The order of songs is well paced. Just before things seem too dire, we get a jaunty version of Anna McGarrigle and Chaim Tannenbaum's "Fast As My Little Feet" sung by the whole Thompson family. Later we're lifted up by the jolly "Mr. Tams." The two longest songs, "If I were a Bluebird" (co-written with Ron Sexsmith) with lovely harmony from Amy Helm and "Never The Bride" are the songs which anchor the recording, while Teddy Thompson's "It Won't Be Long Now" is a rather swift closing. The song lyrically leaves one to come to their own conclusion as to what "won`t be long now."

While Scorsese may have thought Linda Thompson had gone to the great beyond, this recording tells us that she indeed has not! Rather, she's delivered one of the best recordings of the year.
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4 of 4 people found the following review helpful
5.0 out of 5 stars An excellent album, 22 Oct 2013
By 
Sid Nuncius (London) - See all my reviews
(HALL OF FAME REVIEWER)    (TOP 10 REVIEWER)   
This review is from: Won't Be Long Now (Audio CD)
This is a terrific album from a great survivor and performer. It is full of melodic songs which are beautifully arranged and performed. They are a mixture of the new and the re-worked old, every one of which is a real pleasure to listen to.

Linda Thompson really puts her heart into her singing, and the effect here is of real sincerity and beauty. She collaborates with a lot of her family, including, I am delighted to say, Richard Thompson who plays beautifully on the opening track which reminded me in places of the wonderful Dimming Of The Day.

This genuinely is a bit of real class from a very, very fine singer in collaboration with some excellent musicians. Very warmly recommended.
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2 of 2 people found the following review helpful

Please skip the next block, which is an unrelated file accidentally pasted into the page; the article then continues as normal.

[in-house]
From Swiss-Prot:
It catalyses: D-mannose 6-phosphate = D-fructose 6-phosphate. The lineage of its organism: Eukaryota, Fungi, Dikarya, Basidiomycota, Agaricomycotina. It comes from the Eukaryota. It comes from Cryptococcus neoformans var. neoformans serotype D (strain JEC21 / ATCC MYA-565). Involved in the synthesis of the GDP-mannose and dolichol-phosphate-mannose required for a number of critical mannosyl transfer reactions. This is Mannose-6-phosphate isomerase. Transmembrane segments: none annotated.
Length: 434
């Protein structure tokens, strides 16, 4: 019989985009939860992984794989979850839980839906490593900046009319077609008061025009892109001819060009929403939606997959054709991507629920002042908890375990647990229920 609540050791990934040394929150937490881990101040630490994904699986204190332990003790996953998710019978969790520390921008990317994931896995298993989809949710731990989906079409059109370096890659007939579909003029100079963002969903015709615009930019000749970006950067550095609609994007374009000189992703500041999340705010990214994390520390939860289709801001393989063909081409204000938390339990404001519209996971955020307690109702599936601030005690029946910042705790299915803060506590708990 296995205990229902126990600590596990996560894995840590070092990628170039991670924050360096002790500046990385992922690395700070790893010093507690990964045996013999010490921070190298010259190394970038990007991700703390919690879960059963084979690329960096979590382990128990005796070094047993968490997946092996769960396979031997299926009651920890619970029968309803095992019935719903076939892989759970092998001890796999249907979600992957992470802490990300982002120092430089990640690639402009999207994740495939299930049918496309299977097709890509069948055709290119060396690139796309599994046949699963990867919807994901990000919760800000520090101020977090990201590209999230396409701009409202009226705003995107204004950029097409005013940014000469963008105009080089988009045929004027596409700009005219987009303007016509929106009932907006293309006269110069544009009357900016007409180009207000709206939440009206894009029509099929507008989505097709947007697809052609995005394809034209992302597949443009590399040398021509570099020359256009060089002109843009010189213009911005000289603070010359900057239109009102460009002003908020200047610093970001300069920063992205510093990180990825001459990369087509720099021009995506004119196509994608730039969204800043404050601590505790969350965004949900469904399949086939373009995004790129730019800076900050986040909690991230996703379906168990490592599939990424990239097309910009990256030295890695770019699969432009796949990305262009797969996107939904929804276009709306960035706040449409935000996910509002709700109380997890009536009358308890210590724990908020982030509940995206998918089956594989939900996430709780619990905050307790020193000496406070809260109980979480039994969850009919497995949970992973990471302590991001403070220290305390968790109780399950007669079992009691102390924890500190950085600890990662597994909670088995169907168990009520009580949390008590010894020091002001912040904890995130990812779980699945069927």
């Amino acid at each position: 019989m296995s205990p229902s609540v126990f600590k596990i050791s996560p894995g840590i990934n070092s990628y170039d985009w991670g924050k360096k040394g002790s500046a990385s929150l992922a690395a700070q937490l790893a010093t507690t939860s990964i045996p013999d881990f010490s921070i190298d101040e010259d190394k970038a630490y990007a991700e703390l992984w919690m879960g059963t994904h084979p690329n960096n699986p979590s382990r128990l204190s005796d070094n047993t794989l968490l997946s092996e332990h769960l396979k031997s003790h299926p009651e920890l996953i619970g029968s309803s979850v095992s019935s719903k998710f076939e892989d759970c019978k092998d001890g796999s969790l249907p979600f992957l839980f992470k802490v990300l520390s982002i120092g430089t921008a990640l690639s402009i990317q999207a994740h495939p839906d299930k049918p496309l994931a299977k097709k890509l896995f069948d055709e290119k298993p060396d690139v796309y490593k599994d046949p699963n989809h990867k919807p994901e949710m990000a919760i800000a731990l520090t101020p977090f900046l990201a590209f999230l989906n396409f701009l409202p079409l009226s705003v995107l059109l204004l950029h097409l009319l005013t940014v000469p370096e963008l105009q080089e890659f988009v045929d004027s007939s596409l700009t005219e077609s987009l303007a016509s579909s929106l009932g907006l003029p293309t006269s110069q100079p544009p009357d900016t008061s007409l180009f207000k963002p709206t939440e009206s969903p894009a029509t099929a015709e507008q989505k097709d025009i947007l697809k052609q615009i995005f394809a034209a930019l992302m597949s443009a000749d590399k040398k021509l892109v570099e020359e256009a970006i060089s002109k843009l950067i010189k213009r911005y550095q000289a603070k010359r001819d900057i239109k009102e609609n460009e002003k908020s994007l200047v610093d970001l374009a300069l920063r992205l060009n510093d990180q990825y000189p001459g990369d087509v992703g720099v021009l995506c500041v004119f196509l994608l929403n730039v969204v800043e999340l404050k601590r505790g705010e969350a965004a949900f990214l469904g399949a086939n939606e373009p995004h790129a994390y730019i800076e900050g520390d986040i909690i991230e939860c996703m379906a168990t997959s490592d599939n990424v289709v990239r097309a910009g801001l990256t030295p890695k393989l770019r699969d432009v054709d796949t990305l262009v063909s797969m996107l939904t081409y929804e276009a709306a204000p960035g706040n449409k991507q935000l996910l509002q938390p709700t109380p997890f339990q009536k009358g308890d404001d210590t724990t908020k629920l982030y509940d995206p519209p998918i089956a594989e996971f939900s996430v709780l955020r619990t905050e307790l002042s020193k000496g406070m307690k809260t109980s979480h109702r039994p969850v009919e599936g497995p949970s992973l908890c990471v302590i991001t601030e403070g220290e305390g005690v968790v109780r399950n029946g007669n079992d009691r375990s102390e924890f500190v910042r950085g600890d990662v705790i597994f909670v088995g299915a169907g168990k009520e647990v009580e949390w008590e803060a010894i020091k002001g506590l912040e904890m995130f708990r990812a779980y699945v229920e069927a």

4.0 out of 5 stars A lived in voice., 22 Dec 2013
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This review is from: Won't Be Long Now [VINYL] (Vinyl)
Great album from Linda, voice is very different from the "Bright Lights" days, but still a formidable artiste. Richard Thompson on guitar is an added bonus.
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2 of 2 people found the following review helpful
5.0 out of 5 stars A heartfelt family album, 27 Nov 2013
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This review is from: Won't Be Long Now (Audio CD)
Although the name on the cover is Linda Thompson, she is joined on this disc by various members of the family and friends. The pains and the joys of life are all evident, explored with tenderness and tears by the singers and instrumentalists through songs old, new and not previously heard performed as they are here.

It's well worth a listen - and will repay repeated airing, as the songs grow into favourites with familiarity.
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1 of 1 people found the following review helpful
5.0 out of 5 stars An excellent album, 19 Sep 2014
By 
Sid Nuncius (London) - See all my reviews
(HALL OF FAME REVIEWER)    (TOP 10 REVIEWER)   
This is a terrific album from a great survivor and performer. It is full of melodic songs which are beautifully arranged and performed. They are a mixture of the new and the re-worked old, every one of which is a real pleasure to listen to.

Linda Thompson really puts her heart into her singing, and the effect here is of real sincerity and beauty. She collaborates with a lot of her family, including, I am delighted to say, Richard Thompson who plays beautifully on the opening track which reminded me in places of the wonderful Dimming Of The Day.

This genuinely is a bit of real class from a very, very fine singer in collaboration with some excellent musicians. Very warmly recommended.
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6 of 7 people found the following review helpful
5.0 out of 5 stars Wont Be Long Now., 18 Oct 2013
By 
Odd Werner Sørensen (Norway) - See all my reviews
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This review is from: Won't Be Long Now (Audio CD)
Linda Thompson has made a brilliant new album. This time with the help of family members and her ex-husband RT. Maybe this is her best solo album so far?
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1 of 1 people found the following review helpful
4.0 out of 5 stars a wonderful mixture of vulnerable, 11 Dec 2014
By 
M. Julian (uk) - See all my reviews
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This review is from: Won't Be Long Now (Audio CD)
an interesting collection of sings - and not all doom and gloom as one reviewer suggests - (especially if cc with Richard!). What stands out is the haunting voice, a wonderful mixture of vulnerable, strong and haunting. Good collaboration, which does sometimes seem to take over, but non the worse for that. At the moment I can't stop playing it, though i wonder if there any songs with real, long term staying power, hence not 5 star.
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Won't Be Long Now
Won't Be Long Now by Linda Thompson (Audio CD - 2013)